Words & Images Sam De Beer
Having finished the Great Central Road which took us from Perth to Uluru, we were ready to go to our next goal – the Oodnadatta Track in the northern parts of South Australia.
We planned to go to King’s Gorge near Uluru for one night, but put it on the back burner because of the flooding and the rain and the fact that we’d stayed one night longer at Uluru.
Still going east, on the tarmac of the Lasseter Highway, we went past the impressive Mount Conner, to Erudunda where we turned south on the Stuart Highway, connecting Darwin in the north to Adelaide in the south of Australia.
We crossed the border into South Australia and made camp at Marla behind – you guessed it – the roadhouse.
This was the first time we made camp in a campsite full of Grey Nomads, an Aussie name for retirees who just travel around Australia in their big caravans or campers with a Suzuki of unknown age hooked up behind them.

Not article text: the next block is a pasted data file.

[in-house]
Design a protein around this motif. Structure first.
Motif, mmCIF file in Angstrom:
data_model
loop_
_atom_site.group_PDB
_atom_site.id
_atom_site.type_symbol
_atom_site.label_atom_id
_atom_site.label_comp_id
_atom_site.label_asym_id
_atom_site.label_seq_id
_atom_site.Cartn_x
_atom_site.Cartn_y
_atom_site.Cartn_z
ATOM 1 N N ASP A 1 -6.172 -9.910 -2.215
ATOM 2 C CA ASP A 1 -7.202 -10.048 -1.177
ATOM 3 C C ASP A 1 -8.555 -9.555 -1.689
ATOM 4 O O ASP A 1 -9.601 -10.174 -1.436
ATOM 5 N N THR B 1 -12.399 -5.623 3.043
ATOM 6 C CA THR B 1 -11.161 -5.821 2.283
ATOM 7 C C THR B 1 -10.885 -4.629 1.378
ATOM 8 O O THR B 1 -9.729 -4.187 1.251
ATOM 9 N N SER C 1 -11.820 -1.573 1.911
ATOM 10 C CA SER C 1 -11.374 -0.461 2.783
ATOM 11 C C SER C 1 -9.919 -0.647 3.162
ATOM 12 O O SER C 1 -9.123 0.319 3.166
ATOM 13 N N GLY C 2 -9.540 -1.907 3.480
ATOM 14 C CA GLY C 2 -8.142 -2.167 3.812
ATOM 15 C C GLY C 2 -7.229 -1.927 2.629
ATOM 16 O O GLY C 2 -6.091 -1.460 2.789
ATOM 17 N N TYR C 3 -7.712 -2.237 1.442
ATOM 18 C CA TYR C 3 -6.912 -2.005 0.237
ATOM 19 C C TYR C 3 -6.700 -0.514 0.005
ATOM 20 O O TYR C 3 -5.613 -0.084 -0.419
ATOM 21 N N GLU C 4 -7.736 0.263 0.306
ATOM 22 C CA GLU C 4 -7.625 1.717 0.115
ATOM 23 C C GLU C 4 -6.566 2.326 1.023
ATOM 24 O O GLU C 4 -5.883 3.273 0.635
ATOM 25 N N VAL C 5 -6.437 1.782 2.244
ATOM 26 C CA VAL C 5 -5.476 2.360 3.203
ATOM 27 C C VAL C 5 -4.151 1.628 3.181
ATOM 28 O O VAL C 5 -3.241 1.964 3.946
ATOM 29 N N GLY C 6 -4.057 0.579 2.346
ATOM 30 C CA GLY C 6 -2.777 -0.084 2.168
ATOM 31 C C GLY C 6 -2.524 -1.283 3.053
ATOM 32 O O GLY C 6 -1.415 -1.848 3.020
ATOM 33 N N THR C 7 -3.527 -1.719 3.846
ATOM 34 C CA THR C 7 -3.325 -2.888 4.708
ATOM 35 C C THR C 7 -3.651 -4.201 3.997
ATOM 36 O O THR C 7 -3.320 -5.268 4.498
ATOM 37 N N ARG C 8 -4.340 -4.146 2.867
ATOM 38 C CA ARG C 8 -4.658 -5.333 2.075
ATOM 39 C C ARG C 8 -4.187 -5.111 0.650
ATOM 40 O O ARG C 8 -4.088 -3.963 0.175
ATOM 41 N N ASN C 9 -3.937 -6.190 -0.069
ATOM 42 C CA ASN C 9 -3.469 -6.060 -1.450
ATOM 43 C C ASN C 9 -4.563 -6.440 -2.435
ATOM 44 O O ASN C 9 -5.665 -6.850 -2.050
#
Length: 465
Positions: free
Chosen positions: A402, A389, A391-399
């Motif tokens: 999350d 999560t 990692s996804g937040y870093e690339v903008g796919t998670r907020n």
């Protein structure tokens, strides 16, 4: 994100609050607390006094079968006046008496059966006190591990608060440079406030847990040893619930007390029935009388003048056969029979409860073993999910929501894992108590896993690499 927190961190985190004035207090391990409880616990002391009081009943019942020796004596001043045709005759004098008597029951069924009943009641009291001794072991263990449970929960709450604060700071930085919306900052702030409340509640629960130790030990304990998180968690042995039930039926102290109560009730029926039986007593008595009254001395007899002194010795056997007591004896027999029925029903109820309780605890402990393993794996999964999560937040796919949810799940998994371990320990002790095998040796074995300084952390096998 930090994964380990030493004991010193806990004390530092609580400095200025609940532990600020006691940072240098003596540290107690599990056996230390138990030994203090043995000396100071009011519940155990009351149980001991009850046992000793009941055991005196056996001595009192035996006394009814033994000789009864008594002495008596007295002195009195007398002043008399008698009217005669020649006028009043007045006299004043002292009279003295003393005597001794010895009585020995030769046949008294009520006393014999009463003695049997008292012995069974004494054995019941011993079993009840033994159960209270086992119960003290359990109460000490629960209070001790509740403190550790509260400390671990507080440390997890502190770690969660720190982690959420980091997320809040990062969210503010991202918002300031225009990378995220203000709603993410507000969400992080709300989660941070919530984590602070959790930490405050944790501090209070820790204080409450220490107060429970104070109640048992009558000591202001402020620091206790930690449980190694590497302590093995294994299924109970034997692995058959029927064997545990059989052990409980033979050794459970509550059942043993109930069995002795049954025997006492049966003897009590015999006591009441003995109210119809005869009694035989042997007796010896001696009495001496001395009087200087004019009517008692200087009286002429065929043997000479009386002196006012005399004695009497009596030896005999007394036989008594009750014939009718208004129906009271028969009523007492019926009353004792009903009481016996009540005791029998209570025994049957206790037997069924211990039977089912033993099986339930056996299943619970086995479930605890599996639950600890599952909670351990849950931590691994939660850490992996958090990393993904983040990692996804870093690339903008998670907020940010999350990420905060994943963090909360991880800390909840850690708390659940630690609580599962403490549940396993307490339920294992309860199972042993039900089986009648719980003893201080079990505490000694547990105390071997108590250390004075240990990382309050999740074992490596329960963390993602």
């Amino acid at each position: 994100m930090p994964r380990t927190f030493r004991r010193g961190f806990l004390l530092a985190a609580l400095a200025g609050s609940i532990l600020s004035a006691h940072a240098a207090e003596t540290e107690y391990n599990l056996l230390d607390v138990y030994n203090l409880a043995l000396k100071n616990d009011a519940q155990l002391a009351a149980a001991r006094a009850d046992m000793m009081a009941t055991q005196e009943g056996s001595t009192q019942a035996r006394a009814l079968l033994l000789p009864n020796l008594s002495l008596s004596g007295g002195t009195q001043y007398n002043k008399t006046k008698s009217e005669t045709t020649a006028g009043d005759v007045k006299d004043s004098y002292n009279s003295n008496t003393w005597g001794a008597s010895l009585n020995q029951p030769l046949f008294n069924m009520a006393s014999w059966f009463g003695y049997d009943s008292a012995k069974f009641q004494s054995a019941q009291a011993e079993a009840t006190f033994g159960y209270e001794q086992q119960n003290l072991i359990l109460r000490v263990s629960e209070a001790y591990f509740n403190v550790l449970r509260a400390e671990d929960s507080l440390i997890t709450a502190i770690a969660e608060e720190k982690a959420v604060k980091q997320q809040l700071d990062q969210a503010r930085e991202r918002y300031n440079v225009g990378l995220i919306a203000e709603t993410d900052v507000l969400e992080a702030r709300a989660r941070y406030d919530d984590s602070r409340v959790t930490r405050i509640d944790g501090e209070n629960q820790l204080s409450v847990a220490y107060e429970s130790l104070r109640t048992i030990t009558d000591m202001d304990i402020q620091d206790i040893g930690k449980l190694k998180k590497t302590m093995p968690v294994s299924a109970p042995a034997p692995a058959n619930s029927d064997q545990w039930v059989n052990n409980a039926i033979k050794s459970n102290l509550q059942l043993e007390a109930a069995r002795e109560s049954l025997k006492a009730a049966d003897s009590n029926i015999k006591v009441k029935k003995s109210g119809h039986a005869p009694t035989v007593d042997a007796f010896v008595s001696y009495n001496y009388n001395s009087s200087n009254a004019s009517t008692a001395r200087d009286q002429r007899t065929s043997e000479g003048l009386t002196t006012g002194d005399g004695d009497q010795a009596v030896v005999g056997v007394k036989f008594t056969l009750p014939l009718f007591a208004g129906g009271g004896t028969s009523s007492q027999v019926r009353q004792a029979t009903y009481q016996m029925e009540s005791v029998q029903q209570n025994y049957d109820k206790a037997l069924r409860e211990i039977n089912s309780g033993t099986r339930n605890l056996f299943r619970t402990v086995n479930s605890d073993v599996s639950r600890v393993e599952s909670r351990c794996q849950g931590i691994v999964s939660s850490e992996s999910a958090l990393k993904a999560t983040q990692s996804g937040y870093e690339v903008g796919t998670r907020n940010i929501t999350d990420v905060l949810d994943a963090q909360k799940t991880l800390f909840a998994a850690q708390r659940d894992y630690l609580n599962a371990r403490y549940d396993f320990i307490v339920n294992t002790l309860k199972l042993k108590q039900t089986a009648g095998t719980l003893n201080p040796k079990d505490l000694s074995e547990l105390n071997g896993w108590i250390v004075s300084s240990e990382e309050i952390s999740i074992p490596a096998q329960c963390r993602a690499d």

They travel from one cheap or free campsite to the next, they are totally self sufficient and they migrate in packs. In winter, you see them in northern Queensland, Darwin and northern WA, and, as the season changes, they move south to cooler environs. They have some very special off-road rigs: with Land Cruiser Saharas the preferred towing vehicle.
It was actually quite funny, and embarrassing, to pitch our popup tent and make camp under their prowling eyes. They did not understand why two people as old as they are would “go bush” when they could camp and travel in luxury. Maybe a case of ‘to each his own’.
Mud baths and big skies
The next day, we departed from Marla to Oodnadatta and the Pink Roadhouse.
Diane studied our route beforehand and had read extensively about the trials and tribulations of the family who runs the Pink Roadhouse, she was quite excited to meet the two sisters who were managing it then.
We had been warned that the road was not in the best shape after the rains and that we should be prepared to get stuck or even be forced to turn around.